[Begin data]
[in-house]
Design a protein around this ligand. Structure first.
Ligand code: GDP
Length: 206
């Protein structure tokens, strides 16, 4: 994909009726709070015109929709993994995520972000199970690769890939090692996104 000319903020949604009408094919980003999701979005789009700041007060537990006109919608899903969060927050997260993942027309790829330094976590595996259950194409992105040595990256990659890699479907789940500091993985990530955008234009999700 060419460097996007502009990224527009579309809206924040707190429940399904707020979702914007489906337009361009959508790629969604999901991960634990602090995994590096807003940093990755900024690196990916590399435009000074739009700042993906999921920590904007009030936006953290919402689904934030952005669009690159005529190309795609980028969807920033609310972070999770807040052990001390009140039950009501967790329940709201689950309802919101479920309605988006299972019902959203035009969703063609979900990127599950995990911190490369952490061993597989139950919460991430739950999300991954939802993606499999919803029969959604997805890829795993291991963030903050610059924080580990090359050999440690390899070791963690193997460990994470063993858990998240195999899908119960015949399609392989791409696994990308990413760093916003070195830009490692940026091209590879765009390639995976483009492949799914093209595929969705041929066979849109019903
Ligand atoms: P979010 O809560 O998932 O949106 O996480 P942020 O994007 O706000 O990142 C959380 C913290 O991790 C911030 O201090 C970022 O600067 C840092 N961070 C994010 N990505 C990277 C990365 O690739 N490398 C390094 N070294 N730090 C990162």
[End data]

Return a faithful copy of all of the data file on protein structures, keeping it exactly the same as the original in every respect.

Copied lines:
[in-house]
Design a protein around this ligand. Structure first.
Ligand code: GDP
Length: 206
């Protein structure tokens, strides 16, 4: 994909009726709070015109929709993994995520972000199970690769890939090692996104 000319903020949604009408094919980003999701979005789009700041007060537990006109919608899903969060927050997260993942027309790829330094976590595996259950194409992105040595990256990659890699479907789940500091993985990530955008234009999700 060419460097996007502009990224527009579309809206924040707190429940399904707020979702914007489906337009361009959508790629969604999901991960634990602090995994590096807003940093990755900024690196990916590399435009000074739009700042993906999921920590904007009030936006953290919402689904934030952005669009690159005529190309795609980028969807920033609310972070999770807040052990001390009140039950009501967790329940709201689950309802919101479920309605988006299972019902959203035009969703063609979900990127599950995990911190490369952490061993597989139950919460991430739950999300991954939802993606499999919803029969959604997805890829795993291991963030903050610059924080580990090359050999440690390899070791963690193997460990994470063993858990998240195999899908119960015949399609392989791409696994990308990413760093916003070195830009490692940026091209590879765009390639995976483009492949799914093209595929969705041929066979849109019903
Ligand atoms: P979010 O809560 O998932 O949106 O996480 P942020 O994007 O706000 O990142 C959380 C913290 O991790 C911030 O201090 C970022 O600067 C840092 N961070 C994010 N990505 C990277 C990365 O690739 N490398 C390094 N070294 N730090 C990162």